Tag Archives: General Electric

What Would Thomas Edison Say About GE’s Expulsion From The Dow?

In 1896, Dow Jones created an Industrial Average of the equity values of twelve corporations that dominated the American stock market. Thomas Edison’s company General Electric was one of those twelve firms.

The other eleven corporations are long gone from the Industrial Average. Some continue to operate as smaller entities. Others merged into larger firms. And others dissolved or were broken up by court order.

Only General Electric remained in the Industrial Average until, last week, S&P Dow Jones Indices decided to expel it. Apparently, GE can no longer be characterized as a dominant American corporation.

So what would Edison, the American entrepreneurial icon who founded GE, say about this downgrade? Ironically, he’d probably wonder how his firm managed to remain in the Industrial Average until now.

That’s because GE was founded by Edison by 1890 to serve as a holding company for a variety of his electricity-related business interests. A hodgepodge of lamps, motors, and other items were tossed together under the General Electric brand name.

Had Edison been alive today, he likely would’ve explained that he always expected his application product businesses to wax and wane over time. He’d then return to his New Jersey laboratory and roll up his sleeves, determined to invent the next generation of applications.

Edison understood that the capitalist process of destruction and innovation would ensure that no application product would be popular forever. He undoubtedly realized that, just as his electric lamps and motors replaced predecessor products that ran on kerosene and steam, his own inventions would eventually yield to more efficient and effective products.

In other words, Edison would’ve likely put aside the existing application products of General Electric, and would’ve turned his attention to the solar panels and wind turbines of the future. And, while doing so, he would’ve relished the opportunity to build a better company than today’s GE.

GE Applies The Pressure

How far should American firms go when playing economic hardball with government officials? Is there a point where “tough but fair” corporate behavior crosses the line into inappropriate ethical behavior?

For instance, consider General Electric (GE), which has been rolling up its sleeves and engaging in hard nosed negotiations lately. A few months ago, it announced that it was interested in moving its corporate headquarters out of its long time Connecticut home because of its state tax burden.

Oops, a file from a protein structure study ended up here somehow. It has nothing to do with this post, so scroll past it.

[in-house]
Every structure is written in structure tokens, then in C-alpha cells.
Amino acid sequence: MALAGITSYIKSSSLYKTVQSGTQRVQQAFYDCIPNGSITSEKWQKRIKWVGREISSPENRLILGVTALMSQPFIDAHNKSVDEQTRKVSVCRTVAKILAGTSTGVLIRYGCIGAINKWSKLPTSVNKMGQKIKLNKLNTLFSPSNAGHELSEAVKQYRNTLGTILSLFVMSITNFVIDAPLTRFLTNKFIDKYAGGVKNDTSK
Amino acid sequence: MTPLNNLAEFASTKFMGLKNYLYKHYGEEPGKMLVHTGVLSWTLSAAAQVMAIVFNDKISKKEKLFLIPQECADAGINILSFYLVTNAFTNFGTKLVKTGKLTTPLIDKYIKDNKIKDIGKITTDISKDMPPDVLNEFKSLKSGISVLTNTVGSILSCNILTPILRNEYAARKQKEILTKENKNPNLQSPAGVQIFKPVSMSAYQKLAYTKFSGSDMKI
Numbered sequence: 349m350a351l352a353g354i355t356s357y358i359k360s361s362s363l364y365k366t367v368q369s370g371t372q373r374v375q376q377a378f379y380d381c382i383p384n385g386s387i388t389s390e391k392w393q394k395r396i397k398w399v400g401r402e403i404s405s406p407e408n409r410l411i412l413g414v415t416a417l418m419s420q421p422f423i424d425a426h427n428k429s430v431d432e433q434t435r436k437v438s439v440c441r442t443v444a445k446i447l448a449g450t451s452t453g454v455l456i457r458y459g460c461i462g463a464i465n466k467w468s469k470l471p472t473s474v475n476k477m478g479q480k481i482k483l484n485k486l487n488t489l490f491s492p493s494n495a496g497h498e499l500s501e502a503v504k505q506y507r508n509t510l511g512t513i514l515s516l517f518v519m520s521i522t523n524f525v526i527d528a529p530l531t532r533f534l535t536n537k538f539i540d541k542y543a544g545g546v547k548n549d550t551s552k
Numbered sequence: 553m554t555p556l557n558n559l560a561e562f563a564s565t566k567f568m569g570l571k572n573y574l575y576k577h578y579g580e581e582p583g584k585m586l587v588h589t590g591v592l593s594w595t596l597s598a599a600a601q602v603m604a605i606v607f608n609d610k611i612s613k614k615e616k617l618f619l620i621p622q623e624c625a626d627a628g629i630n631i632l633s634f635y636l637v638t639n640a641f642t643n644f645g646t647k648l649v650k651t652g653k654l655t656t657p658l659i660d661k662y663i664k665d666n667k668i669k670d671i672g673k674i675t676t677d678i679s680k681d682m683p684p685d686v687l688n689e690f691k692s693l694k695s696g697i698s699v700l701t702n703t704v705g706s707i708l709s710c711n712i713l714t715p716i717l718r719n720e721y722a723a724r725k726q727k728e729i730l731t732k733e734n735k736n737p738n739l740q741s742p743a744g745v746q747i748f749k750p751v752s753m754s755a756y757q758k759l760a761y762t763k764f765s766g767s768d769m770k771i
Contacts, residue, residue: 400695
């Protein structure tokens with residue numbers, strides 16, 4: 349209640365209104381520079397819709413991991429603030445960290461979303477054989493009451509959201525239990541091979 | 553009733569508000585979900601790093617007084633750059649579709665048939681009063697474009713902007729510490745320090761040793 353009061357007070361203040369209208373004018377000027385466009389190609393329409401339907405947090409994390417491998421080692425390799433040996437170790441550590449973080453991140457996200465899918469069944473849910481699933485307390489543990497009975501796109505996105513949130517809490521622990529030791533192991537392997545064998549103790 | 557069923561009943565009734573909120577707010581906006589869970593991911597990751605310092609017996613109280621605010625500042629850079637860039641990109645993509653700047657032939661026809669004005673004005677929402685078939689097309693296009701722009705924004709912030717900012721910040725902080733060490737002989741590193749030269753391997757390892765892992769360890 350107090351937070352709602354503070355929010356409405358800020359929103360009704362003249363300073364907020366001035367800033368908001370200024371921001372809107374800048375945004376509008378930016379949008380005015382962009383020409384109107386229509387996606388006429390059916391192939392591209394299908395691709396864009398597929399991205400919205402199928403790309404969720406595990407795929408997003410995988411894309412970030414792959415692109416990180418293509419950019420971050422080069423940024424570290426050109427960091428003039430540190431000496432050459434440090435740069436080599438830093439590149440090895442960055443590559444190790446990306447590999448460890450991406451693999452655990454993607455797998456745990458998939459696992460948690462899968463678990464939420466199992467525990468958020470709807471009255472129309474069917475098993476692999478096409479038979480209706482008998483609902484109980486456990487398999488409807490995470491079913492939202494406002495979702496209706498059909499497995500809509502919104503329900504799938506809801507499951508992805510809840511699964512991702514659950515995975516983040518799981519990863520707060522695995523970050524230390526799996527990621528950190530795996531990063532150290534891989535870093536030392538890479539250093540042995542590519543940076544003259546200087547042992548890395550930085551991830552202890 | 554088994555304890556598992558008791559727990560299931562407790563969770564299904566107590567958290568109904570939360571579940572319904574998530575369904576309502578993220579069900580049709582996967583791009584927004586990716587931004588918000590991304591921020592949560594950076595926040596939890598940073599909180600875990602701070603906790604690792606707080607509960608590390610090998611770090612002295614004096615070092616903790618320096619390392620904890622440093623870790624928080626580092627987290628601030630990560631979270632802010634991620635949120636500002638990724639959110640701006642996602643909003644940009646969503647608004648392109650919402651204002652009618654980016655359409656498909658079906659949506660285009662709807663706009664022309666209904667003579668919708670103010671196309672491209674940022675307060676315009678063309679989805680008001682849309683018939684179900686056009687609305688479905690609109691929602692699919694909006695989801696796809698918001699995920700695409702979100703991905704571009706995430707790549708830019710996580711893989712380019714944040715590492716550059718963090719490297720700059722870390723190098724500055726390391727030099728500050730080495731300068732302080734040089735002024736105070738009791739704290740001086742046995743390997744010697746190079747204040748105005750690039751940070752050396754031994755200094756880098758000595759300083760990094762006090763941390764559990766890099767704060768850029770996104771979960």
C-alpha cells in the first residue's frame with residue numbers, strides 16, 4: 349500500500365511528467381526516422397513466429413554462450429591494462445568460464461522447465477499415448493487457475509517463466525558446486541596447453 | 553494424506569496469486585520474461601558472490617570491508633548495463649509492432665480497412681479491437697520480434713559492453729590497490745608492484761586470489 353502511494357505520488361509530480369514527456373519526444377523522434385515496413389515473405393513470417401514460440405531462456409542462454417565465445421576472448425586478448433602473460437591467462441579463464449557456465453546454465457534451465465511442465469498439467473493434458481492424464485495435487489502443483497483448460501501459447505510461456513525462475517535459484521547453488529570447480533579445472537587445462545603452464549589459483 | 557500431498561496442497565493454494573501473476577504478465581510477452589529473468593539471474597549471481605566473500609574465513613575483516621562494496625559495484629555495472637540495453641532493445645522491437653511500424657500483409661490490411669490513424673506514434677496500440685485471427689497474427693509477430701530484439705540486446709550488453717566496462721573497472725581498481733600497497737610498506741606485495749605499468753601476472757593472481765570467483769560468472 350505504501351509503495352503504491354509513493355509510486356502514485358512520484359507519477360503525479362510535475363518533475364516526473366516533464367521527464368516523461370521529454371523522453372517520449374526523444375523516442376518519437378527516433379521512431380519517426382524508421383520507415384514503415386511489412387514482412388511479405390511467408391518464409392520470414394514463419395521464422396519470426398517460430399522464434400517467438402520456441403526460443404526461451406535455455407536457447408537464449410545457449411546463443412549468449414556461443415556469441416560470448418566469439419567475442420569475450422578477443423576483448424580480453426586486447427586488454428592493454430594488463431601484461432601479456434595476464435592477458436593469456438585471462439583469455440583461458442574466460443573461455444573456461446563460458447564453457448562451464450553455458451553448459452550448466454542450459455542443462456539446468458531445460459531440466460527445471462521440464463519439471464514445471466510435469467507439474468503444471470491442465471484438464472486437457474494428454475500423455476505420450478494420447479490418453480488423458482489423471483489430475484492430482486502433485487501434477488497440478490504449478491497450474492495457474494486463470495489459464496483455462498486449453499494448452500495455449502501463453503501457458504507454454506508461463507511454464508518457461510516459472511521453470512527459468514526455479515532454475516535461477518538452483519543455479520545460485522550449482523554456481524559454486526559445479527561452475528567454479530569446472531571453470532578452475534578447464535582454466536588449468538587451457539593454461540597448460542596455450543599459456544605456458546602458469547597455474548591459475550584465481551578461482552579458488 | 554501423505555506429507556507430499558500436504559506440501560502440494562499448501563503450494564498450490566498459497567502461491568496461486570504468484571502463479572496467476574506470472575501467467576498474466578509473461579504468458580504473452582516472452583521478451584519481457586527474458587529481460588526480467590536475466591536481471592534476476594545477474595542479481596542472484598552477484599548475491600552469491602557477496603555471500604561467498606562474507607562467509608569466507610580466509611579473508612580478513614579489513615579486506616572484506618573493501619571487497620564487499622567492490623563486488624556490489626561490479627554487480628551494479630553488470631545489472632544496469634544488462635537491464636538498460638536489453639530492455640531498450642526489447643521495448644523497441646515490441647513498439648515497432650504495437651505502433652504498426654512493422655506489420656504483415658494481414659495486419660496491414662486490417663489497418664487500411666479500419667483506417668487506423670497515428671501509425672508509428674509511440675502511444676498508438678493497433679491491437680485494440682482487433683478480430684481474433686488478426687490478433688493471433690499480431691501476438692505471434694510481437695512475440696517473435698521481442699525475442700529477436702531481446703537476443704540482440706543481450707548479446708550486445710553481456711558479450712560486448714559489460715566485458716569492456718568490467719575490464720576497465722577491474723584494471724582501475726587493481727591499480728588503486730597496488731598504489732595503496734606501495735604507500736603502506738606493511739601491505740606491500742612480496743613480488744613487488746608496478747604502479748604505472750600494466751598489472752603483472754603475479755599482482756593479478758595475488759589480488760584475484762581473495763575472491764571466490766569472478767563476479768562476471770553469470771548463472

State government leaders might have been nonplussed by GE’s position, given that the global goliath only pays Connecticut $250 per year in state income taxes. But Governor Malloy is negotiating with the firm any way, offering additional incentives to keep its headquarters in the Nutmeg State.

Texas, well known for its low tax, light regulation, business friendly tradition, has also entered the fray. The city of Dallas met with GE executives in an attempt to attract their corporate headquarters to the Lone Star State.

But then GE announced that it was no longer interested in moving to Dallas. Its reason? Apparently, Texas’ senators and representatives in the federal Congress oppose the continued existence of the national Export Import (Exim) Bank, a governmental fiscal entity that helps GE structure financing packages for its global customers.

Is it fair to punish Dallas’ municipal government and citizens because its federal representatives oppose what CNBC calls one of hundreds of obscure federal agencies you don’t usually hear much about ? Whether or not you believe so, perhaps we can all agree that GE is politically even-handed in its hardball tactics. After all, Texas is one of the reddest of all red Republican states, while Connecticut is one of the bluest of all blue Democratic states.

And GE hasn’t stopped there. Last month, it announced that it is moving hundreds of jobs out of the United States entirely because of the possible expiration of the Exim Bank. And last week, GE declared that it is ending its clean-up of toxic pollutants in the Hudson River, even though women of childbearing age and children under 15 are still advised to avoid eating fish caught in its waters.

To be sure, no one has accused GE of doing anything illegal regarding these matters. It is simply choosing to play hardball in a manner that benefits the financial position of the firm.

But is it possible that such perfectly legal behavior can simultaneously represent ethically inappropriate activities? If you believe that corporations bear some responsibility to their human neighbors and their natural environments, it is a question well worth pondering.